Please, Ryan. Anyone But Boras.

Please, Ryan. Anyone But Boras.

In a strange off-season marked by mediocre players netting exorbitant multiyear deals, Phillies fans have been wondering what the team will do regarding the contract of reigning NL MVP Ryan Howard. Entering the third year of a contract that netted him a relatively paltry $355,000 last season, the Phillies first basemen isn’t eligible for salary arbitration until 2007, and won’t be a free agent until 2011, according to the Inquirer’s Phillies beat writer Todd Zolecki.

Questions regarding the likely renegotiation of Howard’s contract increased yesterday when he fired his agent, which could indicate he's looking for a new deal sooner rather than later, but Howard wouldn’t comment to Zolecki on why, offering a great variation on "No comment":

Howard had hired Larry Reynolds - his second agent in 2 1/2 years - before the 2005 season. Now, like Jim Turner before him, Reynolds is out. Reached last night, the affable slugger took a line from Top Gun when asked to comment.

"Negative, Ghost Rider," he said.

The question remains: What should the Phillies do with the contract of a guy who was the NL Rookie of the Year, and then hit 58 HR and 148 RBI in his sophomore season? Should they lock him up along with arbitration-eligible Chase Utley with a pair of lucrative long-term deals, or should they play it conservatively given the team’s past history with dishing out such contracts when they weren’t actually necessary to retain a key free agent?

I know what I’d like to see… I just hope Howard doesn’t sign on with Scott Boras

Topps cover man Claude Giroux answers U.S.-Canada questions

Topps cover man Claude Giroux answers U.S.-Canada questions

Claude Giroux spent Friday signing virtual autographs as the cover athlete for Topps NHL Skate 2017, a new onilne digital trading card game. Remember when trading cards came in a bubble gum pack? 

After the event, Giroux sat down with CSN's Michael Barkann on Philly Sports Talk for a game of “Who Does It Better: Canada or the United States?”

The game started off with a few easy softball questions, with Giroux picking the NFL over the Candian Football League. Then it got a little tougher, as Giroux chose Canadian hockey over U.S. hockey.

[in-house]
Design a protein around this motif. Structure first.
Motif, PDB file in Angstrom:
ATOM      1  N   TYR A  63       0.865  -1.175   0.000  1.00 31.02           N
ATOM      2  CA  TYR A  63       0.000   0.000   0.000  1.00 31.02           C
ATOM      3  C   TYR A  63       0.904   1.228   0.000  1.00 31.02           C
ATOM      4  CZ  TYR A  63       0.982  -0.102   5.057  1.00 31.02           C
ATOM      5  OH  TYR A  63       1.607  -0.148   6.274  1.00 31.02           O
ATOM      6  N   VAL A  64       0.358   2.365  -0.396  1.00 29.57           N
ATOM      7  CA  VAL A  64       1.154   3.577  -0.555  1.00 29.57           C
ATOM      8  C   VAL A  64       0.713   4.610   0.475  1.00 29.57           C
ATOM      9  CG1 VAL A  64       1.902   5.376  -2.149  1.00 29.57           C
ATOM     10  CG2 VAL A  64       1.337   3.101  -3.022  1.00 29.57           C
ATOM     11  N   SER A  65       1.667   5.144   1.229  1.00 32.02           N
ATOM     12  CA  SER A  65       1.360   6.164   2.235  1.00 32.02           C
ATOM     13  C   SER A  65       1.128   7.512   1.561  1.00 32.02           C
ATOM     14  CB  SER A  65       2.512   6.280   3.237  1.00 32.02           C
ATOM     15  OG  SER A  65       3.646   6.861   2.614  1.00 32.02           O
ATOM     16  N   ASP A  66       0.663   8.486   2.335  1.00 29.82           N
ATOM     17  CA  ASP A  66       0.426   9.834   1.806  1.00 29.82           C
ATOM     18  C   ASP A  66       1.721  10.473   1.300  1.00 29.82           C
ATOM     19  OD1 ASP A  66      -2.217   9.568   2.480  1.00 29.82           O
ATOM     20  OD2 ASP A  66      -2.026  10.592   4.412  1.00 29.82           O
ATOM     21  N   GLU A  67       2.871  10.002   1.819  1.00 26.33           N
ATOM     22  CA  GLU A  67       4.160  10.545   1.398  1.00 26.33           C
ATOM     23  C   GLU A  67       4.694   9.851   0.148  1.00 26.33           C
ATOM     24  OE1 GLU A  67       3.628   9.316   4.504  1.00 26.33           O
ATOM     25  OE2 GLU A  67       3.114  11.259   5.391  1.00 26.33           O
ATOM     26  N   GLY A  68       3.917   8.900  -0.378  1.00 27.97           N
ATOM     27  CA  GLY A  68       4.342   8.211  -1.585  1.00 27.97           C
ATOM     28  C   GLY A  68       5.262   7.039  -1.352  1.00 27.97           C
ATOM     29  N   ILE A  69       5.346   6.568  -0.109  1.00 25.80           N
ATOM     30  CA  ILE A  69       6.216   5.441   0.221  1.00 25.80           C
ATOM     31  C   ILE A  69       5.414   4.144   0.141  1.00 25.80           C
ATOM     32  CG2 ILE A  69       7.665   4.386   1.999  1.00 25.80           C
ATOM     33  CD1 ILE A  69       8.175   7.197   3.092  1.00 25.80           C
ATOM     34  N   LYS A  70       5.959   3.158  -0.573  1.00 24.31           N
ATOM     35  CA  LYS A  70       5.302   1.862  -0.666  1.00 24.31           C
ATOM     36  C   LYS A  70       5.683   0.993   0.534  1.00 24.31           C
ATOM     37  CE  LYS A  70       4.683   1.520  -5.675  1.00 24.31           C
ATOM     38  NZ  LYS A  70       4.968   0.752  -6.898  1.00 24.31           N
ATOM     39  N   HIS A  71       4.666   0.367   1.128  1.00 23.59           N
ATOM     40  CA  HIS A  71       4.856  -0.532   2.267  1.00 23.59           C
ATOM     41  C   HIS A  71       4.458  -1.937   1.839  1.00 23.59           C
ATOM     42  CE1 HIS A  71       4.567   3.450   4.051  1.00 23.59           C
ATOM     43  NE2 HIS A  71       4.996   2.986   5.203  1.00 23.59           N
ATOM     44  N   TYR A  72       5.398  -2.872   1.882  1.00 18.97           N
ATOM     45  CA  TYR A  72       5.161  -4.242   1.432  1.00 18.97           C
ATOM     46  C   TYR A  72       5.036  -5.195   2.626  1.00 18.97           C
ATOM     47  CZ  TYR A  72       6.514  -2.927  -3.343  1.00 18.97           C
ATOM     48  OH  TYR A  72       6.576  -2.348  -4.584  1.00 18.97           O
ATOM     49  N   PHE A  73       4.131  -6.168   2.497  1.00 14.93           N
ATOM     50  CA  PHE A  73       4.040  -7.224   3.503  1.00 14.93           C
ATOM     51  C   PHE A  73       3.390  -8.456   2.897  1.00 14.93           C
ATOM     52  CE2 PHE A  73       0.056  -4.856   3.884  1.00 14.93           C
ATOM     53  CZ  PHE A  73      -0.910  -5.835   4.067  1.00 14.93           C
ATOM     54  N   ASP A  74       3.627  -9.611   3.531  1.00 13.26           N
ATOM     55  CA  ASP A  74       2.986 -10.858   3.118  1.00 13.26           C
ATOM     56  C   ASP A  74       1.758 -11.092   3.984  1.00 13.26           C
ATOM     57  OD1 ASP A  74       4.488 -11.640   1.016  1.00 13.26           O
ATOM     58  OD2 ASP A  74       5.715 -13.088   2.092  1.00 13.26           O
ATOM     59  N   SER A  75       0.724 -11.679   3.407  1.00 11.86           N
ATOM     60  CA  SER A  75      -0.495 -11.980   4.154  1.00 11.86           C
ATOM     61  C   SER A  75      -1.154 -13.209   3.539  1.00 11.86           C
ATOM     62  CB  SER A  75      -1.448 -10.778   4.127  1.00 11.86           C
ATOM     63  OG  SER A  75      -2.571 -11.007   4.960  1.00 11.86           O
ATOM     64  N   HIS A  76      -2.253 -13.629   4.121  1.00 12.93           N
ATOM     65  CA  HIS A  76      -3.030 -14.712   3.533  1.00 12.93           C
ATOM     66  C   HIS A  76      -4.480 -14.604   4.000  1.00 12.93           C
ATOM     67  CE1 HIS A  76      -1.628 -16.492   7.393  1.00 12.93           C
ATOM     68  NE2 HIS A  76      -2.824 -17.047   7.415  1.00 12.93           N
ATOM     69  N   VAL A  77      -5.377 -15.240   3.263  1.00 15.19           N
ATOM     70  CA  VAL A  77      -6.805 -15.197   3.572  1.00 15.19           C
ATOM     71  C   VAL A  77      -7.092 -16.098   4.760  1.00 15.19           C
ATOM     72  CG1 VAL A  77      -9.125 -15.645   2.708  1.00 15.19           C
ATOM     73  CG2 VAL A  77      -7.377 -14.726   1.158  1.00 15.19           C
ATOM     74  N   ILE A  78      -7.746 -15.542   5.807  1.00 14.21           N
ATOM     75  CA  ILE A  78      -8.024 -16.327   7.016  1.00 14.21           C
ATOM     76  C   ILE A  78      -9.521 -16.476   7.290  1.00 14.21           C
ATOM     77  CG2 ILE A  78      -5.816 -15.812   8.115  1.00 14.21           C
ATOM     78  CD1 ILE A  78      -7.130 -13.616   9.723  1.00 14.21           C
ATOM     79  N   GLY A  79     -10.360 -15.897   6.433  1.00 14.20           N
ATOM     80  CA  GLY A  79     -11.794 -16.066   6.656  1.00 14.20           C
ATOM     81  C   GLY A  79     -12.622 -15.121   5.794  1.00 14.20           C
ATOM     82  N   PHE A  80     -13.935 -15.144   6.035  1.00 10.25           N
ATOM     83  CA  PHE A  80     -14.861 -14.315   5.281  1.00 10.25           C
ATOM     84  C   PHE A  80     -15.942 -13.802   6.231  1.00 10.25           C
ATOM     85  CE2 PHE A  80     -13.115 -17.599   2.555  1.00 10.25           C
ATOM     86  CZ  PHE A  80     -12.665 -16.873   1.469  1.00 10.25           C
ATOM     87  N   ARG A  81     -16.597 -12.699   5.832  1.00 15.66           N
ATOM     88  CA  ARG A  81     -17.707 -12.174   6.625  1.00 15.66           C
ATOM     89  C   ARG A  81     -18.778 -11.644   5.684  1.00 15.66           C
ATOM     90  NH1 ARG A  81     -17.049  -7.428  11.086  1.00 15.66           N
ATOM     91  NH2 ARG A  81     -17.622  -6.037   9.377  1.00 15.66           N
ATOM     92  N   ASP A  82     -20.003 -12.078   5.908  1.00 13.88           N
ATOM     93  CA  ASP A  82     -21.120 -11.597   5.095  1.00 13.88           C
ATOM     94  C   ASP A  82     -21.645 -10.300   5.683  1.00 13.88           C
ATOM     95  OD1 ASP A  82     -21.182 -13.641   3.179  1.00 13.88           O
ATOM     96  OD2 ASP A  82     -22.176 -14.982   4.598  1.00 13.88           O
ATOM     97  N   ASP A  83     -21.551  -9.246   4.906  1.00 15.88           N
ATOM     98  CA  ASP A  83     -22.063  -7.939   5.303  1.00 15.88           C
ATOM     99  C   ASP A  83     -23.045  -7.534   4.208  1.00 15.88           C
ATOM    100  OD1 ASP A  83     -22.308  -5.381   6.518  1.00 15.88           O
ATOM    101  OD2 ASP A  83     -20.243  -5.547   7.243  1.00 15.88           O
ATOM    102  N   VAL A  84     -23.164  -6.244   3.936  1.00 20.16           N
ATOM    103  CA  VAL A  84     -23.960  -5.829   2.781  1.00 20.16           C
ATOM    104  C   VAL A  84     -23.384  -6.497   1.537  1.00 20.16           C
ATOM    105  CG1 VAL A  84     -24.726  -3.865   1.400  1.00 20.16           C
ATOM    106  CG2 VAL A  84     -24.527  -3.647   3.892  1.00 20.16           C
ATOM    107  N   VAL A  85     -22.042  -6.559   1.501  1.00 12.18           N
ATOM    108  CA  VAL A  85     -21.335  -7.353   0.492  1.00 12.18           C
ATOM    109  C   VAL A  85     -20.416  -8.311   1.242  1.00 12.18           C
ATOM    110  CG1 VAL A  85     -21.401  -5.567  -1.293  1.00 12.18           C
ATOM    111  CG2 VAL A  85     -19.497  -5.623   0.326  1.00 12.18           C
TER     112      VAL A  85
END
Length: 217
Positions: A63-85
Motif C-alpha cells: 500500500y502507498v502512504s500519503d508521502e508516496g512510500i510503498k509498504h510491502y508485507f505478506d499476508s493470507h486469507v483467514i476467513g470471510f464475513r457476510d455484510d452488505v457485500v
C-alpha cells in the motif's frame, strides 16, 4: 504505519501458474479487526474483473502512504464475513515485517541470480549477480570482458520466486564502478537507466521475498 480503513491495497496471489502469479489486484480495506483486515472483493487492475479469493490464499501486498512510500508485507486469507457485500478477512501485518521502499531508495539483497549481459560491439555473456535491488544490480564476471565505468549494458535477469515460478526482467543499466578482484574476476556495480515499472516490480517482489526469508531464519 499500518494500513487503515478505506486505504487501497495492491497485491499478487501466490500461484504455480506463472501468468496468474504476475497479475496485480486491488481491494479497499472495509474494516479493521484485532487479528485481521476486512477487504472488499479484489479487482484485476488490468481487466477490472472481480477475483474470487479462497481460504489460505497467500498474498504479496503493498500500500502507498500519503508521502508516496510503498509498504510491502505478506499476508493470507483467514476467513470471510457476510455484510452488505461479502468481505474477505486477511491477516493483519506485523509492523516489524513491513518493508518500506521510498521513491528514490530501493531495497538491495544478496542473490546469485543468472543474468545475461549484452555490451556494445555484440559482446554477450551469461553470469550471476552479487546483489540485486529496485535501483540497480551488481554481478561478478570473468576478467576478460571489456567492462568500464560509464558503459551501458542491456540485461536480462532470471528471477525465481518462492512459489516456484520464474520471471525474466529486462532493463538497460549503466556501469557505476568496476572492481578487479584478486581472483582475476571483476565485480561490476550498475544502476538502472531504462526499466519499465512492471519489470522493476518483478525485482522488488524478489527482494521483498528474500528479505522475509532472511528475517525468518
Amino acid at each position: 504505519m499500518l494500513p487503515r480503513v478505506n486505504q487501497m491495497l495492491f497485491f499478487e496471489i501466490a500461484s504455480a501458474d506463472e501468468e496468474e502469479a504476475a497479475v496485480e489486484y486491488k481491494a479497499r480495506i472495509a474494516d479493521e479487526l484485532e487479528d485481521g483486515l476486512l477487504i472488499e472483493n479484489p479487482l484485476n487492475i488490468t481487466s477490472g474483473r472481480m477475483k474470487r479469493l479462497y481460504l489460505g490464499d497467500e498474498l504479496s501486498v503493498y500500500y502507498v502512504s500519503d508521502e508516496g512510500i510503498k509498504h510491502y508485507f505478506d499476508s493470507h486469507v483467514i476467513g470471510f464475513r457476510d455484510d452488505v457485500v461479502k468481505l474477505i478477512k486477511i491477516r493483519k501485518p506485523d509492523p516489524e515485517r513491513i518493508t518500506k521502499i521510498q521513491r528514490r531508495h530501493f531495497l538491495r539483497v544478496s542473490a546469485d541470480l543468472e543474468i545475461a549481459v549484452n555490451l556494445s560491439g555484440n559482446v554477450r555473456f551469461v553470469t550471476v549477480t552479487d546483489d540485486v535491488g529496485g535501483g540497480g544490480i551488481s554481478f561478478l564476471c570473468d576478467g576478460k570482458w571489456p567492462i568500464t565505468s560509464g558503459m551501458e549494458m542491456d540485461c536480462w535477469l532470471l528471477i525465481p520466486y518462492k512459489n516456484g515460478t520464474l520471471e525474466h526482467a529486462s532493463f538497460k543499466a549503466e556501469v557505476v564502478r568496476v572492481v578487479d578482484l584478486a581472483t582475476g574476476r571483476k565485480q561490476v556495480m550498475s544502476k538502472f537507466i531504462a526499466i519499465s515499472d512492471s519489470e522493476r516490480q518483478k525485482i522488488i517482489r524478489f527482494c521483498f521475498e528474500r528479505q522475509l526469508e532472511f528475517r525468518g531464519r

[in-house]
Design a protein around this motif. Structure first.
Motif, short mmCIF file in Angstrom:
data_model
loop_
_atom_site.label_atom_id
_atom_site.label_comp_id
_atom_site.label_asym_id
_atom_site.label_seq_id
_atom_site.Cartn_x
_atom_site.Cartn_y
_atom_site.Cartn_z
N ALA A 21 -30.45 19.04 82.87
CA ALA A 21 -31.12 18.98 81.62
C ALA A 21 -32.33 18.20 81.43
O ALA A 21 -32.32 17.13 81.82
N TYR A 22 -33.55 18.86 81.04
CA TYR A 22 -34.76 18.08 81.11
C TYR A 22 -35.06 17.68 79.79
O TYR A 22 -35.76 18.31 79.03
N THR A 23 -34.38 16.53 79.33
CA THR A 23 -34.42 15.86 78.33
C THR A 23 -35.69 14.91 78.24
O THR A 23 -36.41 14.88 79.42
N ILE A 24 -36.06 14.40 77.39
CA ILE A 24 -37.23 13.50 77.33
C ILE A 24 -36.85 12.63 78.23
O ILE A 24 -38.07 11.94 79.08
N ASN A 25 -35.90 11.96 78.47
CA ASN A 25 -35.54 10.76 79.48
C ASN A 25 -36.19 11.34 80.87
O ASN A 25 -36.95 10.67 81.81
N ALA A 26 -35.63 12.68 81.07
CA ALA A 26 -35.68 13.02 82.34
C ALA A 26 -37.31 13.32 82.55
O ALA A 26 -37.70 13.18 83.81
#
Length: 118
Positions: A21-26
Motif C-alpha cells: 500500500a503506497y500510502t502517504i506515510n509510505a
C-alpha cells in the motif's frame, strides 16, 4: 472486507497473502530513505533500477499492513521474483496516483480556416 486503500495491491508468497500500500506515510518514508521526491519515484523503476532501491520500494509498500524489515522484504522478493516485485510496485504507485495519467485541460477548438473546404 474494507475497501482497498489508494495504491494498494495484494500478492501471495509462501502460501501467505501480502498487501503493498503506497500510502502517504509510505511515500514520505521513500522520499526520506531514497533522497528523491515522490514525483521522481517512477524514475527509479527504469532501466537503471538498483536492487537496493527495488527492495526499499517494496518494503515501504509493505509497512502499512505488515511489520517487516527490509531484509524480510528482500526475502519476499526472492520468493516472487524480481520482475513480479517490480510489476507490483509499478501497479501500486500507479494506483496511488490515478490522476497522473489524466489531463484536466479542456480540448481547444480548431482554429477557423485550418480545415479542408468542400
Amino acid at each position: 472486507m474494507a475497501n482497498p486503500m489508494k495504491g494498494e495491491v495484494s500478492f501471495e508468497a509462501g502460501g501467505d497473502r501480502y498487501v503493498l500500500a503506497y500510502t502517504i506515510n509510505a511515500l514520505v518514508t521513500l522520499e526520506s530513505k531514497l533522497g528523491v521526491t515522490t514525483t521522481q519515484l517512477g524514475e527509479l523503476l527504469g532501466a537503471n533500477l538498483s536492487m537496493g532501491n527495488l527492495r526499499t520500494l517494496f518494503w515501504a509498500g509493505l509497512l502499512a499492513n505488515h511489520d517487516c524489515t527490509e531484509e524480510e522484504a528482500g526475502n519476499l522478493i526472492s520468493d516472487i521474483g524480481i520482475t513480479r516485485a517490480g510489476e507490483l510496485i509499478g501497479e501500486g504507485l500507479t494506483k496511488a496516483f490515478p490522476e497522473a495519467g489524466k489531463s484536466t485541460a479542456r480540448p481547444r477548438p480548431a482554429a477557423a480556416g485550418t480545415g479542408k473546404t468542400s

Despite talents like Drake and Shania Twain, Giroux went with the U.S. over Canada in music, and also chose American bacon over Canadian bacon.

Eventually, Barkann asked Giroux which beer he preffered.

“I don’t drink beer," Giroux responded.

Really? What Canadian doesn't like beer?

As he started to get up out of his seat after the interview, Giroux showed his true colors. “I love beer. I love beer,” he said.

Check out the video above to see the full game. 

Wayne Gretzky defends Connor McDavid's outburst over Brandon Manning

Wayne Gretzky defends Connor McDavid's outburst over Brandon Manning

PALM BEACH, Fla. — As the primary target of opponents over his Hall of Fame career, Wayne Gretzky can certainly empathize with the frustration of Oilers star Connor McDavid.

McDavid and Flyers defenseman Brandon Manning jostled all evening long in a 6-5 Edmonton loss. McDavid denounced the tactics of his opponent after the game, claiming Manning intentionally injured him last season; McDavid missed 37 games with a broken collarbone.

"I guess we can put the whole 'if he did it' thing to rest because what he said out there kind of confirmed that," said McDavid, who taunted Manning after scoring the second goal in the Oilers' loss.

"I think anybody who knows me or who has played with or against me along the road here, knows that I am not that kind of player," Manning said, according to a statement released by the Flyers. "I am not out there intentionally trying to hurt people. I'm a guy who plays the game hard and I take pride in that."

Gretzky didn't mind seeing that fire in McDavid, saying competitiveness is part of what makes the great ones great. And he said the targeting comes with the territory of being a superstar. It was something he and Mario Lemieux dealt with, too.

"And Connor, he's going to get tested every night, but this is not new for him," Gretzky said Friday at the NHL board of governors meetings. "He's been tested since he was a kid and then playing junior hockey and now in the NHL and he's always responded and done his part."